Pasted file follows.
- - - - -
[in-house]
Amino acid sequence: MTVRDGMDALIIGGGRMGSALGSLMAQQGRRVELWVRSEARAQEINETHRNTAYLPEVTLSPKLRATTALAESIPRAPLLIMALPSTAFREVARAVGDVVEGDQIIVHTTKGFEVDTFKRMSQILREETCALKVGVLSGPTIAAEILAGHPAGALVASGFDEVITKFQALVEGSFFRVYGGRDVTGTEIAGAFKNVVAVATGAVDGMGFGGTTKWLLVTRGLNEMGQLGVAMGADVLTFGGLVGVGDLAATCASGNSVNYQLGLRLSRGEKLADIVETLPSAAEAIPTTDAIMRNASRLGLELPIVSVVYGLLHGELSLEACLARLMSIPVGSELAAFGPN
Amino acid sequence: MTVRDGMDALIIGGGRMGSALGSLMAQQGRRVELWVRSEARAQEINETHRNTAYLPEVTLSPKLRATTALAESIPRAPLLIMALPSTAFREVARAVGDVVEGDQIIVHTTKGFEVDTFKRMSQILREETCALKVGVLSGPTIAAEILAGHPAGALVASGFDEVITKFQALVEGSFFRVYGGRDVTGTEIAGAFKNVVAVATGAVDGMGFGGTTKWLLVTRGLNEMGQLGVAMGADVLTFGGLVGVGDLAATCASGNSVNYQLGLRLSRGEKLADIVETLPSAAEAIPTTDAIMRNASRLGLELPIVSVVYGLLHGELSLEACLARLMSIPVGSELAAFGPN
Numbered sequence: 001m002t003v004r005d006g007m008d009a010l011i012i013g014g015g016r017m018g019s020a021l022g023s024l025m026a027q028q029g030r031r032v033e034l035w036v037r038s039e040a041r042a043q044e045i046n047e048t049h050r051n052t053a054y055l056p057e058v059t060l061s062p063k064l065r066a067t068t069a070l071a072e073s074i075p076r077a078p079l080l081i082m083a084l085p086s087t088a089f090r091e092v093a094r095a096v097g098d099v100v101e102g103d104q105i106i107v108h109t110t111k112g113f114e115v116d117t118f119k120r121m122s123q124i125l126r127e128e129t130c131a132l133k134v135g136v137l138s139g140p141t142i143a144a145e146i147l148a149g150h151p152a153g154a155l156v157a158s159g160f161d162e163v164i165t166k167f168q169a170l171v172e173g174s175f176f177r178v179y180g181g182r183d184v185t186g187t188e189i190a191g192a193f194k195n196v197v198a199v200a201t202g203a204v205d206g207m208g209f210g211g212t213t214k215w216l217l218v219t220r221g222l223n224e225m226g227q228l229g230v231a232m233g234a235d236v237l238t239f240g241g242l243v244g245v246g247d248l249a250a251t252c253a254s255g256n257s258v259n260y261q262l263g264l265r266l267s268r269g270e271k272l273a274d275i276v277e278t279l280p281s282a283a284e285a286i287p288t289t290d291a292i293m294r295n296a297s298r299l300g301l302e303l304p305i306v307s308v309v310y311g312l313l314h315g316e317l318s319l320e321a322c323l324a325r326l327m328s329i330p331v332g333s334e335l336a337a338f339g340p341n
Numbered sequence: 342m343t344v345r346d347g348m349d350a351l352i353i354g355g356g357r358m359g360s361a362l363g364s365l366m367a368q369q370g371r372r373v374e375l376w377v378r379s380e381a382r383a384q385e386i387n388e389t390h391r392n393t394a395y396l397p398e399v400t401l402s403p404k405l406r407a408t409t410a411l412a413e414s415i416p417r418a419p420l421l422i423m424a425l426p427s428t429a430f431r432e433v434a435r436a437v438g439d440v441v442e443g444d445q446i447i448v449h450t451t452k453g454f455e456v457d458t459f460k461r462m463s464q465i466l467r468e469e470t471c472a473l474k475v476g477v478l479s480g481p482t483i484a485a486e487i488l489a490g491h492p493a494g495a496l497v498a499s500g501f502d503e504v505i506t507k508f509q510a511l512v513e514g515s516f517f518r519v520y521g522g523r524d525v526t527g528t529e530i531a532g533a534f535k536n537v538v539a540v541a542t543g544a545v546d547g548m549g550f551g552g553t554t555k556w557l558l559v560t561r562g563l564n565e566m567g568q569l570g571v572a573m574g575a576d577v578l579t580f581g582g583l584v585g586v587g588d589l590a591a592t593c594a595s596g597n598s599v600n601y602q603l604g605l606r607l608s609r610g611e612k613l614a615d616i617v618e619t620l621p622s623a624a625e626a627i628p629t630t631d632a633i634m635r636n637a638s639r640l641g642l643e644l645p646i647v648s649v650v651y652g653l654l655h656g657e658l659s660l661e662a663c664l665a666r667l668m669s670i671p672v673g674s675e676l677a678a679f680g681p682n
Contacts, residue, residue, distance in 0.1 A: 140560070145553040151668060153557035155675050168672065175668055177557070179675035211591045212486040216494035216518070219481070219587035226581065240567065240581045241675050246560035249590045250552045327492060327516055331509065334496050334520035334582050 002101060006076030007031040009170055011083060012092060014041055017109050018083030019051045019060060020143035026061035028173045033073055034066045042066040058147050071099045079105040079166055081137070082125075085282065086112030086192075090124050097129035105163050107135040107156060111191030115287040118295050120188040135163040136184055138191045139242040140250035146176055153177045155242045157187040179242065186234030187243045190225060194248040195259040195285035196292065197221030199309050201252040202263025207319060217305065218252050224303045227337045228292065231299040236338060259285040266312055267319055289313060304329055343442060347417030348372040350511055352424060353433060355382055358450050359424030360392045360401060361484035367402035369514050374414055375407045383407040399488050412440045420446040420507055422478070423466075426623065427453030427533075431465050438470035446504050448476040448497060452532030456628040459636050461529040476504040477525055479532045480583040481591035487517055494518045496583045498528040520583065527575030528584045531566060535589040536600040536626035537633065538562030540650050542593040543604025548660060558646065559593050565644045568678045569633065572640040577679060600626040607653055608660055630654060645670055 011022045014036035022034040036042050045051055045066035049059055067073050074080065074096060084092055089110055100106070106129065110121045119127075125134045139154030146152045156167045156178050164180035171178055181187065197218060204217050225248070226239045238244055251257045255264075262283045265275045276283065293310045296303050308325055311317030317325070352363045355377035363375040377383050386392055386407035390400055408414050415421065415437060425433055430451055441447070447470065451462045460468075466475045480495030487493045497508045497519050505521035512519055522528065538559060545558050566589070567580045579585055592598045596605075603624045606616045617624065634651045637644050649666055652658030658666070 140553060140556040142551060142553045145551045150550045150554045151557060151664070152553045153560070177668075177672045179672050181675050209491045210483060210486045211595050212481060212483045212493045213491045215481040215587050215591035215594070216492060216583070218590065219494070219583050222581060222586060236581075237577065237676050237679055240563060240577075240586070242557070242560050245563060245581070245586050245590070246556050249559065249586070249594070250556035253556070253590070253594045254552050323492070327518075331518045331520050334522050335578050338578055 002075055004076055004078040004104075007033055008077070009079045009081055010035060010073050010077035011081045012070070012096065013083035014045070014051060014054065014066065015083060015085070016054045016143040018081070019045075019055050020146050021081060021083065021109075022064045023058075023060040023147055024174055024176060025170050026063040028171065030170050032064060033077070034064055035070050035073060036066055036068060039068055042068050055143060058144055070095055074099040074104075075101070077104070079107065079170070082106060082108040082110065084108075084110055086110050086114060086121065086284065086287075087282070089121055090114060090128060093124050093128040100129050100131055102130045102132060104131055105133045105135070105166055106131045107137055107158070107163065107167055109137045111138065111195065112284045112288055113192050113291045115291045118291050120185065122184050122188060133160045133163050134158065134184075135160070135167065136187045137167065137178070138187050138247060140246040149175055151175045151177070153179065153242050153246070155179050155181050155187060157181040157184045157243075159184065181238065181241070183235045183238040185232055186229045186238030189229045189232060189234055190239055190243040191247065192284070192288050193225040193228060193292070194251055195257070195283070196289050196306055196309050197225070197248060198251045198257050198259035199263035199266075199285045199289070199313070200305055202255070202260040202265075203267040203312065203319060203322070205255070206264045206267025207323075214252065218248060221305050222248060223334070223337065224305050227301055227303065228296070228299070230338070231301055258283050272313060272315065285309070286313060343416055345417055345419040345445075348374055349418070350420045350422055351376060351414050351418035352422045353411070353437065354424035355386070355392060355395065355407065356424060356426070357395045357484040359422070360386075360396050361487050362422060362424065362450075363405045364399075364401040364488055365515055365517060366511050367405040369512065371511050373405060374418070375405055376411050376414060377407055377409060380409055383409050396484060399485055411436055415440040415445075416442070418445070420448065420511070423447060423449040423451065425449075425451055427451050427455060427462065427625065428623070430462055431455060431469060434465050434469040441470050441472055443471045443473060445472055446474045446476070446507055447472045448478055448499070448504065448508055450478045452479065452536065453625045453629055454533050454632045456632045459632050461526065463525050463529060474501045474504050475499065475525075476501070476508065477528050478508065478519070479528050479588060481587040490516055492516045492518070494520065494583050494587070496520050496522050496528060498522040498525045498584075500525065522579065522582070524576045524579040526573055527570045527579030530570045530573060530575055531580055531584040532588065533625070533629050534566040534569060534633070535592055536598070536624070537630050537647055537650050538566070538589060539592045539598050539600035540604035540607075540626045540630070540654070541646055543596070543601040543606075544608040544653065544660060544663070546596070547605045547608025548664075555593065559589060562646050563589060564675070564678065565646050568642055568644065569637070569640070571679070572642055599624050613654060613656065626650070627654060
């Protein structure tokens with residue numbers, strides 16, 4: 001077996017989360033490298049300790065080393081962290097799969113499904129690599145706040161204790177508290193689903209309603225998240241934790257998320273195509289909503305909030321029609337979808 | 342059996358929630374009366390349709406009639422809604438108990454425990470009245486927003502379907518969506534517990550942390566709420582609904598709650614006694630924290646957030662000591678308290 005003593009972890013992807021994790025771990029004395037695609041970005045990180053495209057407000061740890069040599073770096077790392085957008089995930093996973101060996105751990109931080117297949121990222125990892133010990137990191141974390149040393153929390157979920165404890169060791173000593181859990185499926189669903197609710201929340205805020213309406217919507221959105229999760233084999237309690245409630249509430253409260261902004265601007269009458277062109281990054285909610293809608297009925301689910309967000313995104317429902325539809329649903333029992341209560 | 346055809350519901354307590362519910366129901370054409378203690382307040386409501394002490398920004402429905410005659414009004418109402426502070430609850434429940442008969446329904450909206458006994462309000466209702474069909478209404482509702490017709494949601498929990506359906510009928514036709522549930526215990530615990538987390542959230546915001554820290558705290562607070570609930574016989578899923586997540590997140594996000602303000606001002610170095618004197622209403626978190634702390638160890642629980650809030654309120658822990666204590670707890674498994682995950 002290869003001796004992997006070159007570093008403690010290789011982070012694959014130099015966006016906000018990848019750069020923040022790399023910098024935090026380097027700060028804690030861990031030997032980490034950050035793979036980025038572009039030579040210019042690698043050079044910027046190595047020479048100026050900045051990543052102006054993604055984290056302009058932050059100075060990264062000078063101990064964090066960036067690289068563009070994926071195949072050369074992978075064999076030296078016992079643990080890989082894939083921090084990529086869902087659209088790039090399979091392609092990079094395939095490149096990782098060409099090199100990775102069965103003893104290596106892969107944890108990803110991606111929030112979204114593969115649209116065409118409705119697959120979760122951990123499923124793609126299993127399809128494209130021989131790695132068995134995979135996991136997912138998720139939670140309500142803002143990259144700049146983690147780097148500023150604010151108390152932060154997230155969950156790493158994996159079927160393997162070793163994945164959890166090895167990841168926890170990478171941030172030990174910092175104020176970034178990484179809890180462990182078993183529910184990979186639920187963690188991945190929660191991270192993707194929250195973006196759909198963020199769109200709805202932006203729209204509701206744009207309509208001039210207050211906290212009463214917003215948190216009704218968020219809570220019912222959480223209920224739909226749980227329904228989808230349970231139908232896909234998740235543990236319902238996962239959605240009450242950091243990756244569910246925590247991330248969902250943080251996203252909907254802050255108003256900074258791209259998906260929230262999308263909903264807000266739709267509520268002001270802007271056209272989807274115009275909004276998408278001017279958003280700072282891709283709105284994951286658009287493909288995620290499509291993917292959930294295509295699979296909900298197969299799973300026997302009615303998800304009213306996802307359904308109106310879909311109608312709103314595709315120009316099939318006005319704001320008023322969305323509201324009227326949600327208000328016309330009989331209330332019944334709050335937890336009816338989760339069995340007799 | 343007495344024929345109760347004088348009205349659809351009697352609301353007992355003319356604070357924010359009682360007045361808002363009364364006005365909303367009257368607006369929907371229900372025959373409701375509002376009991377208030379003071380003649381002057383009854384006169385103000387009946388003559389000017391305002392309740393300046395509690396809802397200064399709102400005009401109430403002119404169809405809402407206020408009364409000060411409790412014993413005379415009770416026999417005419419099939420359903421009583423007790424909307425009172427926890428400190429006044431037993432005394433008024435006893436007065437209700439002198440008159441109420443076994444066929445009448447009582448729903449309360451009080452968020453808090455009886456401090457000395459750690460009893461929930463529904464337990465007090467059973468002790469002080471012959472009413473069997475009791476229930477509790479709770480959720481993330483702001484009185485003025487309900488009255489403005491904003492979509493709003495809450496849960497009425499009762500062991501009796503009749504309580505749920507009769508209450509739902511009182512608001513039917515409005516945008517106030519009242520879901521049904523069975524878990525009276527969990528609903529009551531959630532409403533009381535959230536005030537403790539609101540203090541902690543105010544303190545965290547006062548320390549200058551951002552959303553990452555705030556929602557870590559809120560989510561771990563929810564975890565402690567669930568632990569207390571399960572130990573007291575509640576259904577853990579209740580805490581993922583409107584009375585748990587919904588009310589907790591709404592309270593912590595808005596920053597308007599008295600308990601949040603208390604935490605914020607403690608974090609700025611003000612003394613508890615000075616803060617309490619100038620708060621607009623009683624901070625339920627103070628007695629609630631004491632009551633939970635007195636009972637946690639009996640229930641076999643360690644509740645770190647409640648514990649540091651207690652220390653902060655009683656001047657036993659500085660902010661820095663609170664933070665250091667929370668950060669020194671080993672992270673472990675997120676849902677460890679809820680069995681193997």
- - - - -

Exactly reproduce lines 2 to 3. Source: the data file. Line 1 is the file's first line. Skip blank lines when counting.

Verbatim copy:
Amino acid sequence: MTVRDGMDALIIGGGRMGSALGSLMAQQGRRVELWVRSEARAQEINETHRNTAYLPEVTLSPKLRATTALAESIPRAPLLIMALPSTAFREVARAVGDVVEGDQIIVHTTKGFEVDTFKRMSQILREETCALKVGVLSGPTIAAEILAGHPAGALVASGFDEVITKFQALVEGSFFRVYGGRDVTGTEIAGAFKNVVAVATGAVDGMGFGGTTKWLLVTRGLNEMGQLGVAMGADVLTFGGLVGVGDLAATCASGNSVNYQLGLRLSRGEKLADIVETLPSAAEAIPTTDAIMRNASRLGLELPIVSVVYGLLHGELSLEACLARLMSIPVGSELAAFGPN
Amino acid sequence: MTVRDGMDALIIGGGRMGSALGSLMAQQGRRVELWVRSEARAQEINETHRNTAYLPEVTLSPKLRATTALAESIPRAPLLIMALPSTAFREVARAVGDVVEGDQIIVHTTKGFEVDTFKRMSQILREETCALKVGVLSGPTIAAEILAGHPAGALVASGFDEVITKFQALVEGSFFRVYGGRDVTGTEIAGAFKNVVAVATGAVDGMGFGGTTKWLLVTRGLNEMGQLGVAMGADVLTFGGLVGVGDLAATCASGNSVNYQLGLRLSRGEKLADIVETLPSAAEAIPTTDAIMRNASRLGLELPIVSVVYGLLHGELSLEACLARLMSIPVGSELAAFGPN